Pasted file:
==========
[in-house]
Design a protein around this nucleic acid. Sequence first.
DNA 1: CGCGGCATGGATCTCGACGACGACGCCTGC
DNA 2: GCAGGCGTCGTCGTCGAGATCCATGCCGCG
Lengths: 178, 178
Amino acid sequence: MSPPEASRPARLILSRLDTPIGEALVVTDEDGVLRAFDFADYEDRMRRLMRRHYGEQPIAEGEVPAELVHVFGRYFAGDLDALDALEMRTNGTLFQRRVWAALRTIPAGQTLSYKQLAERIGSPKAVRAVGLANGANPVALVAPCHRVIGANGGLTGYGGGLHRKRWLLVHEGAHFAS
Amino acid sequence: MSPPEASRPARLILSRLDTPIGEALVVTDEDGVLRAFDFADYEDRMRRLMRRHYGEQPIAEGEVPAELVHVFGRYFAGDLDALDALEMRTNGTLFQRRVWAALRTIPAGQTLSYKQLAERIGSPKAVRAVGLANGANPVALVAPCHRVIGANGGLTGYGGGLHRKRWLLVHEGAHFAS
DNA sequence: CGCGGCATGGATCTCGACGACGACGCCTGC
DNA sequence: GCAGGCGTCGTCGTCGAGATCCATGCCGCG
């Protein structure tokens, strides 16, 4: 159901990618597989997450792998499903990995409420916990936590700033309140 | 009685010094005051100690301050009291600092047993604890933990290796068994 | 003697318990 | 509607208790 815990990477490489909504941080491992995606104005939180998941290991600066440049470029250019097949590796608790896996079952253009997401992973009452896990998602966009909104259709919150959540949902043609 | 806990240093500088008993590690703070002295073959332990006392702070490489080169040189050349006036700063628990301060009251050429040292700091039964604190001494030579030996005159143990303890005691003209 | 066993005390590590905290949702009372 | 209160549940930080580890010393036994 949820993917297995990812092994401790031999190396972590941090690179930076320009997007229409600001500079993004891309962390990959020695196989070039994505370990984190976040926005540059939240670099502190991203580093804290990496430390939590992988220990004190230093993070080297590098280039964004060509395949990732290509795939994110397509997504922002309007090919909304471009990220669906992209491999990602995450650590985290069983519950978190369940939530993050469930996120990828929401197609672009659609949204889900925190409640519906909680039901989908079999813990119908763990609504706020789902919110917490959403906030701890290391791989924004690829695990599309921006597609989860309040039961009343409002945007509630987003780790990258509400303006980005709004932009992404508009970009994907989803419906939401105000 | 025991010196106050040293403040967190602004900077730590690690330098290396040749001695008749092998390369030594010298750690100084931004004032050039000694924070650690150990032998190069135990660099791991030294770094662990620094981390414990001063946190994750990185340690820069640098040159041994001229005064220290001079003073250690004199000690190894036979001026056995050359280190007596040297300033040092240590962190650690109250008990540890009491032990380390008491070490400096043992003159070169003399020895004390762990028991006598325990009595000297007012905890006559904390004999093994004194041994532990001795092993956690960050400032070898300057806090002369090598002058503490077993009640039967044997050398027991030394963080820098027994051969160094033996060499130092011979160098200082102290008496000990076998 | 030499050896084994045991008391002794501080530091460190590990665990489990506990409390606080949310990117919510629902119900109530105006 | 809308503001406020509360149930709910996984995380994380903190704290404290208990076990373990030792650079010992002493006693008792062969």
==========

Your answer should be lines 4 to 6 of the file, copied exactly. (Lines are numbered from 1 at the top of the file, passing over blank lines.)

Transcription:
DNA 2: GCAGGCGTCGTCGTCGAGATCCATGCCGCG
Lengths: 178, 178
Amino acid sequence: MSPPEASRPARLILSRLDTPIGEALVVTDEDGVLRAFDFADYEDRMRRLMRRHYGEQPIAEGEVPAELVHVFGRYFAGDLDALDALEMRTNGTLFQRRVWAALRTIPAGQTLSYKQLAERIGSPKAVRAVGLANGANPVALVAPCHRVIGANGGLTGYGGGLHRKRWLLVHEGAHFAS